Nalanda – A historian’s delight

About 100 Km from the city of Patna, you will land in a place that marks an important period in ancient Indian history. The ancient town of Nalanda is home to Nalanda University, the first university of India and one of the oldest academic centers of the world. As of today, the ruins of the structure are protected as preserved as a UNESCO World Heritage Site of art and culture. You can hire an Innova cab from Patna for a comfortable journey if your travelling in a larger group.

The ancient campus

The Nalanda University campus was regarded as a Mahavihara- the largest Buddhist monastery and learning center of the ancient kingdom of Magadha (presently Bihar).

Between 500 CE to 1200 CE, many great teachers, philosophers, and spiritual leaders came to study and teach at Nalanda, turning it into an education hub of the Eastern World. Subjects like ancient sciences (Ayurveda, Unani, alchemy, etc.), arts and architecture, philosophy, literature, and languages (Sanskrit, Pali etc.) were taught as major faculties. The deep knowledge imparted by the mentors attracted students from all over the world to come and train themselves at the Nalanda campus. It even invited travelers who sought knowledge and wisdom from the rich civilization and wanted to learn about the culture.

In its hay days, renowned scholars and students traveled all the way from Sri Lanka, Tibet, China, Korea, and Central Asia to learn politics, law, medicine, arts etc. at Nalanda. The great Chinese explorer, Hiuen Tsang was one of the first students to reside and earn an education from this reputed university. Around the 7th century, Chinese pilgrim monks Xuanzang and Yijing also became resident students at Nalanda, and eventually penned down their experience in their journals about Nalanda and its culture. There is also archeological evidence that kings of the Shailendra dynasty of Indonesia had built a monastery in the university complex.


History of Nalanda

The land of Magadha (present-day Bihar) was profoundly influenced by Buddhism. The entire concept of the university and its campus was the brainchild of Shakraditya or Kumaragupta I, the emperor of the Gupta Dynasty and an ardent devotee of Buddha. Later the expansion of the campus continued under the patronage of the future Gupta rulers till Emperor Ashoka, and then King Harsha of Kannauj.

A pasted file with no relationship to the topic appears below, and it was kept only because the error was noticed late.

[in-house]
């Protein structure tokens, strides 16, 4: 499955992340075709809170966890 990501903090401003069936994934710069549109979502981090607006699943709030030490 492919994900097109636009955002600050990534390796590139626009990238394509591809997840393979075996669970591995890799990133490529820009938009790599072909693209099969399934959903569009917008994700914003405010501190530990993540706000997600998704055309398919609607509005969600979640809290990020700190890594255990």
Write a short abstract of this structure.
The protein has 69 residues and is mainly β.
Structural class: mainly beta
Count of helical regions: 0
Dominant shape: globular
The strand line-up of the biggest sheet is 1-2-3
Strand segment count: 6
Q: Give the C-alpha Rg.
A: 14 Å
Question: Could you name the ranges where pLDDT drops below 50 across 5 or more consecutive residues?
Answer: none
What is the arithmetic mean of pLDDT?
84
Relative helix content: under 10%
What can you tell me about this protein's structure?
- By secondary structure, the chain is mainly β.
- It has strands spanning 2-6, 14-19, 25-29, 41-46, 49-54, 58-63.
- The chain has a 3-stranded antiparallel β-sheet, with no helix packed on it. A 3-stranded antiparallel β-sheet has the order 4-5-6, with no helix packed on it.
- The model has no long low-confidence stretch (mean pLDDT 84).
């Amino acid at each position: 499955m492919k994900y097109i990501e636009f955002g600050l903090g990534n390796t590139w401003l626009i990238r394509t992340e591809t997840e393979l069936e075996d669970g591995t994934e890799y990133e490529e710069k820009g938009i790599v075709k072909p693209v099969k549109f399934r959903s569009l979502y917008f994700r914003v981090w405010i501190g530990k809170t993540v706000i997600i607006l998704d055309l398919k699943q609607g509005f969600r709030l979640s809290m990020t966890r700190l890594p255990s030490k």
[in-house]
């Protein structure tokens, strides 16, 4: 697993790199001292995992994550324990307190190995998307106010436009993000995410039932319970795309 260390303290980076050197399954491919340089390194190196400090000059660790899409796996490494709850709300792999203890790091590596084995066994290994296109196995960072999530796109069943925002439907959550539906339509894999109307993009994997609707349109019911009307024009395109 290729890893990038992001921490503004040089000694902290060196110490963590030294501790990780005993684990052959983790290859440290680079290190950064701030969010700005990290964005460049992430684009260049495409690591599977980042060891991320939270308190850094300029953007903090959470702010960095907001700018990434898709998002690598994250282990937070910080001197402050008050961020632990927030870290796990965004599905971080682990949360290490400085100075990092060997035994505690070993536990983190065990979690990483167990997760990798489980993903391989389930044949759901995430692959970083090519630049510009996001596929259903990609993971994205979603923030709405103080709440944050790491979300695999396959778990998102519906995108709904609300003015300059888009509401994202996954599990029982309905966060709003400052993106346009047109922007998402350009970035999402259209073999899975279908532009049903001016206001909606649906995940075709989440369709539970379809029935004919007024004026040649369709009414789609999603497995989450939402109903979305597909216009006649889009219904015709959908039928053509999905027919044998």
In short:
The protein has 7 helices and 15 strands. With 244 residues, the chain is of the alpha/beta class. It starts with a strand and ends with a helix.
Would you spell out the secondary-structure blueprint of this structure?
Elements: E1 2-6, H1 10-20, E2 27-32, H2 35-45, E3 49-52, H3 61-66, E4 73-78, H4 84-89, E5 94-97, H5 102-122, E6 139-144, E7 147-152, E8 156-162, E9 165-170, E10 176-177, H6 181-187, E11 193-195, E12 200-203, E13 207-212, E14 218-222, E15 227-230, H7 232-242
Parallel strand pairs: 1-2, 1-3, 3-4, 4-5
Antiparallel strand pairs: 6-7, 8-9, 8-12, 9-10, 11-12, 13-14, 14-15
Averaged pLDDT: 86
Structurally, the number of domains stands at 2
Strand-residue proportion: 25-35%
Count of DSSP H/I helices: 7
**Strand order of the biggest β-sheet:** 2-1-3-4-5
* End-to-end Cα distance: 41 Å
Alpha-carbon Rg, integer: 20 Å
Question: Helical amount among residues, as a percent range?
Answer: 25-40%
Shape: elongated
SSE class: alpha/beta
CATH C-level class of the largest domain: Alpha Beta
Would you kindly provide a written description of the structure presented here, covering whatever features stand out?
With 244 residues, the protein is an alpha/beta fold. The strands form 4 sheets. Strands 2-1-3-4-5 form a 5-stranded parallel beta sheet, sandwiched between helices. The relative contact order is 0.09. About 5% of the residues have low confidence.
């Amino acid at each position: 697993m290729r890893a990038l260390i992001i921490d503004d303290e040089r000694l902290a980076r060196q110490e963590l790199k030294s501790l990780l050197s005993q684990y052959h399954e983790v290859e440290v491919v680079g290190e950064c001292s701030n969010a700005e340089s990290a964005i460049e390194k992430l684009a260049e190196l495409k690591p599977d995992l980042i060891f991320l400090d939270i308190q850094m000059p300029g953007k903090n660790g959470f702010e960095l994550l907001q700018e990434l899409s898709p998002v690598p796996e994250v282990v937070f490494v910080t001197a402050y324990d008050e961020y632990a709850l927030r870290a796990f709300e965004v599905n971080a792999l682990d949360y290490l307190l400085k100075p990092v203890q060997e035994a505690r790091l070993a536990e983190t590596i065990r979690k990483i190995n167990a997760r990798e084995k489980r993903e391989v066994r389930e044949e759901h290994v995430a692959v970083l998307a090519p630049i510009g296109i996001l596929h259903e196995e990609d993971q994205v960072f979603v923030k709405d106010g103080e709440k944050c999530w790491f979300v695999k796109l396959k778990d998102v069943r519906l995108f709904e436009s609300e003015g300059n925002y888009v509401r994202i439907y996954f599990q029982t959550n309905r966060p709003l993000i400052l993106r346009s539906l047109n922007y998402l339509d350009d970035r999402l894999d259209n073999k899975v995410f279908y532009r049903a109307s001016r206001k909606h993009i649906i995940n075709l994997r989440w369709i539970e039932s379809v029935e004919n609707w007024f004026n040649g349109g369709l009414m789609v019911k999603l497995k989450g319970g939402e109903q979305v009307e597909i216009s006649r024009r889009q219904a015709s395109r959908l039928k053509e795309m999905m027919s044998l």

Exploring the campus

Although in ruins, the architecture of the Nalanda University still reflects the distinctiveness of the Gupta culture. Their skilled artistry, craftsmanship, and design aesthetics are expressed through the ornate pillars and stone arches. There are inscriptions in Pali on the walls and excavated stone tablets, which prove how well-learned the entire Nalanda community was.

Take a tour of the campus, which runs 1.5 Km long, nearly a kilometer wide and included 11 monasteries, a three-towered library, and an astronomical center. For resident students, travelers, and mentors, there were 300 rooms and dorms, eight meeting halls and an open auditorium.

The highlight of the campus is the Sariputta Stupa with a long flight of stairs leading to a Buddha shrine at the top.

You can also visit the Nalanda Archeological Museum to witness a rich display of sculptures, coins, seals and inscriptions excavated from the site and restored for visitors.

How to reach

The historic site of Nalanda is well connected to the capital city of Patna. You can avail a taxi service in Patna and drive down to Nalanda in about one and a half hours. Besides the relics, you can also plan to visit a few other important sites in the vicinity.

A history lover’s delight

Nalanda University served as a benchmark for many modern-day institutes in India and other Asian countries. The relics of this historic institution stand as a symbol of ancient knowledge, wisdom, and learning that India takes pride in and reflect its illustrious past.